Document - Slovenia: Amnesty International calls for an end to discrimination against Roma and for reparation for the "erased"
AI Index: EUR 68/001/2010
9 June 2010
Slovenia: Amnesty International calls for an end to discrimination against Roma and for reparation for the “erased”.
United Nations Human Rights Council adopts Universal Periodic Review outcome on Angola
Amnesty International welcomes the acceptance by Slovenia of many of the recommendations made to it. Many reflect Amnesty International’s concerns and recommendations.
The organization welcomes the adoption in March 2010 of the integrated national programme of measures for Romani people for the 2010–2015 period outlining government measures to combat discrimination against Roma in access to education, housing, health care, employment, living conditions and other areas. Amnesty International calls on the government to ensure that the programme is implemented within the established deadlines and in consultation with Roma communities.
Amnesty International appreciates Slovenia’s support of the recommendation to improve living conditions of Roma.1 In implementing this recommendation the organization calls on the authorities to address the inadequate housing conditions of many Roma, including lack of access to water, sanitation and electricity. It is also crucial that the authorities refrain from forcible evictions of Roma communities.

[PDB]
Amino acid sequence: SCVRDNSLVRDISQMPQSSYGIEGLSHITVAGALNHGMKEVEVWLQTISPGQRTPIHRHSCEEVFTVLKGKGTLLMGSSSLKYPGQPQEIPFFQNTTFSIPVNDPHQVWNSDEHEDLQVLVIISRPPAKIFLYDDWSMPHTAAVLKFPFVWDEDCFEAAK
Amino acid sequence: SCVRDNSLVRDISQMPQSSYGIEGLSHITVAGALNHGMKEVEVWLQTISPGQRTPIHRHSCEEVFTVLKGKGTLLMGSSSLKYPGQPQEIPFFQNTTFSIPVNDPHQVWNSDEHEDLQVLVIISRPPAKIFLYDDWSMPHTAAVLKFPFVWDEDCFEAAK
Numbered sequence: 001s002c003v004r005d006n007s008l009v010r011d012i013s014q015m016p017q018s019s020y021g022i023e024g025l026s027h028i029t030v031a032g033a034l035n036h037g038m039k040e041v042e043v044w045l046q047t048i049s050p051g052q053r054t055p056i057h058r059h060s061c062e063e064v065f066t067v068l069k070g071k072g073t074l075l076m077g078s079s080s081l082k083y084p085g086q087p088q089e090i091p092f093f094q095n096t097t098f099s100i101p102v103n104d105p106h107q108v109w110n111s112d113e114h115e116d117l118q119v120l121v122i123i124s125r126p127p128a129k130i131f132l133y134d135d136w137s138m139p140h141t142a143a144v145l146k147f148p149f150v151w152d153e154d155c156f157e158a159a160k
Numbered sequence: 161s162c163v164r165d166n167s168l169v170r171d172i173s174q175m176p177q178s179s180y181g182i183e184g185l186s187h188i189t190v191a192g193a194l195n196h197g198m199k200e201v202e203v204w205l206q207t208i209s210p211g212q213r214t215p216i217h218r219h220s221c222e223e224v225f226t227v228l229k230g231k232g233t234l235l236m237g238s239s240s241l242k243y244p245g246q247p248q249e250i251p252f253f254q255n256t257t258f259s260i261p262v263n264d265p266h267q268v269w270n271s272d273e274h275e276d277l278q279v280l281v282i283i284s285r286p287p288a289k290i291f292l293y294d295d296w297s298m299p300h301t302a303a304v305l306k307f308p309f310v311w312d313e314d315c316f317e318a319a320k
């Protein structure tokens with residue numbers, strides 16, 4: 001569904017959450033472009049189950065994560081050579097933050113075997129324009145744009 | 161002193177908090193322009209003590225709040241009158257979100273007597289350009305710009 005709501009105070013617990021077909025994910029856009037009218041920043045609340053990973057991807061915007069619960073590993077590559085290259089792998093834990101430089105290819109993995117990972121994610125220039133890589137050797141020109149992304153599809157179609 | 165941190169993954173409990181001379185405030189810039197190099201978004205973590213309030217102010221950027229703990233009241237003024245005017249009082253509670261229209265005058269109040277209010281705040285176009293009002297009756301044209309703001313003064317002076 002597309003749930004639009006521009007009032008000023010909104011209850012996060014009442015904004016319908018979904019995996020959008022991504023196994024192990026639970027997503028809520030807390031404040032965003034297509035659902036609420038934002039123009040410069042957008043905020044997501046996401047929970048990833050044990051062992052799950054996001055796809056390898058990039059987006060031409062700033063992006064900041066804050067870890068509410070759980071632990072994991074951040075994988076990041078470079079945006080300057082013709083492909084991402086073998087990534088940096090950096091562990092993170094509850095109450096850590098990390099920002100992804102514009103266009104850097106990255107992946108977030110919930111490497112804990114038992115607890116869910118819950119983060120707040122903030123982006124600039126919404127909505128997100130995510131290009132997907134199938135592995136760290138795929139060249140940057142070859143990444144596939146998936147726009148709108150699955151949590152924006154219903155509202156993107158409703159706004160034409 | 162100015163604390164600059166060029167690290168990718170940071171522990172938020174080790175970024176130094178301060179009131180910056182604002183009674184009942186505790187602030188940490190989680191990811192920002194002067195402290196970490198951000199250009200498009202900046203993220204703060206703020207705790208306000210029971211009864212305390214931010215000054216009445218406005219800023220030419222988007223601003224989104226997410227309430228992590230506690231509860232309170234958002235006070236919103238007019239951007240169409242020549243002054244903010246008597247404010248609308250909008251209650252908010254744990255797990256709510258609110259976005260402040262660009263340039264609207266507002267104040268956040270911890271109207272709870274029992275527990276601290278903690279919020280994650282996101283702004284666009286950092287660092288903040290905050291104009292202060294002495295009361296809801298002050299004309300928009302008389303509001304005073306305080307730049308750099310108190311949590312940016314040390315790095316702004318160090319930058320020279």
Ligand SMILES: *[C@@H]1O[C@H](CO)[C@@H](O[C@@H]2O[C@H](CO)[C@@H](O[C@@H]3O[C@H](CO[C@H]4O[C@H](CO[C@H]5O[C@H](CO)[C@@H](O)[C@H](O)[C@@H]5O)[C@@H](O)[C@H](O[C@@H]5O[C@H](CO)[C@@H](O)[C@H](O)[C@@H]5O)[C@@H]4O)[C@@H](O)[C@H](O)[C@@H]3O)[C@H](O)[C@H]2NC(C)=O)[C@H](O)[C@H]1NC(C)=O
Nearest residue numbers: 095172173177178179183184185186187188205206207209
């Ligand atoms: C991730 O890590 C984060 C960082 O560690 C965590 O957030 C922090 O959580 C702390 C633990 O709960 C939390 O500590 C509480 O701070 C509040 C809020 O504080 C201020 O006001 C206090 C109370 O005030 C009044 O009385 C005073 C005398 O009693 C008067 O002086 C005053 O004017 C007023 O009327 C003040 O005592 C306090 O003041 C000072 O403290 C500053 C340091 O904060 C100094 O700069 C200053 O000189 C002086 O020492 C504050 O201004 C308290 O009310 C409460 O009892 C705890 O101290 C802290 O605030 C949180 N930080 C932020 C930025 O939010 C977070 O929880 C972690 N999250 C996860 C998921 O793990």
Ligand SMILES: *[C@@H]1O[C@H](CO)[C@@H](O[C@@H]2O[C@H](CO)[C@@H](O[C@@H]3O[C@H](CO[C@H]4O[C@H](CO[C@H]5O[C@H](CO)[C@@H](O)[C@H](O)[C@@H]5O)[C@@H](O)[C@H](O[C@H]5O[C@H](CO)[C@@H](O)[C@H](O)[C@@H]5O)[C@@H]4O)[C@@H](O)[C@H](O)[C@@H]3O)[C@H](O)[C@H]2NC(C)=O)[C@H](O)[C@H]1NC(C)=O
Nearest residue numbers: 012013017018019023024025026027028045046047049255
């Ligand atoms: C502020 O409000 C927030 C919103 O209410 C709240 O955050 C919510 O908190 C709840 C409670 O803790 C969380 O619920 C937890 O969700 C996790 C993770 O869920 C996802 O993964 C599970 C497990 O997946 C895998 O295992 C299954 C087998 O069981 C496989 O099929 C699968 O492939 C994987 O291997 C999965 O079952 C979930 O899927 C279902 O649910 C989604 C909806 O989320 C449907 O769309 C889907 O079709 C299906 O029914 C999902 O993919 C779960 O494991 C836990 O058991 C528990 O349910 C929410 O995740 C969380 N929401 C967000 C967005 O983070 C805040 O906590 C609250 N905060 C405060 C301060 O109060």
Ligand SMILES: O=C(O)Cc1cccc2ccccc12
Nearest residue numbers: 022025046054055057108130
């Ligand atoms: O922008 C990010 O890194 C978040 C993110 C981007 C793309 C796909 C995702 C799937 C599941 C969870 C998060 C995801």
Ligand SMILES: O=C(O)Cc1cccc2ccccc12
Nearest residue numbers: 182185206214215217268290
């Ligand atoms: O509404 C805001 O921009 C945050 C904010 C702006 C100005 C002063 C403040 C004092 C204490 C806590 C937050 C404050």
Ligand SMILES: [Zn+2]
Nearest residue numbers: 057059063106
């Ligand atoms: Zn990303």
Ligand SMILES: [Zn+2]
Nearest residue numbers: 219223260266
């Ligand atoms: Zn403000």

The situation of the “erased” was raised by many States during the review and Amnesty International welcomes Slovenia’s acceptance of the majority of the related recommendations.2 The adoption in March 2010 of the law regulating the legal status of the “erased” is a positive development; however, the organization is concerned at attempts to organize a referendum on the new law which, if successful, could overturn it. Amnesty International fears that this could lead to further discrimination against the “erased”.
Amnesty International also regrets that, other than restoring their status, the authorities have failed to adopt legislative and other measures to grant full reparation to the “erased”. Amnesty International calls on Slovenia to develop a reparation programme for the “erased” which should include restitution, satisfaction, compensation, rehabilitation and guarantees of non-repetition, as defined by international law.
The UN Human Rights Council adopted the outcome of the Universal Periodic Review of Slovenia on 9 June 2010 during its 14thsession. Prior to the adoption of the report of the review Amnesty International delivered the oral statement above. Amnesty International also contributed to the information basis for the review through its submission on Slovenia: http://www.amnesty.org/en/library/info/EUR68/004/2009/en
International Secretariat, Amnesty International, 1 Easton St., London WC1X 0DW, UK www.amnesty.org
1 A/HRC/14/15, paragraph 111, recommendation 73.
2 Ibid, paragraph 111, recommendations 77-88 and A/HRC/14/15/Add.1, page 7.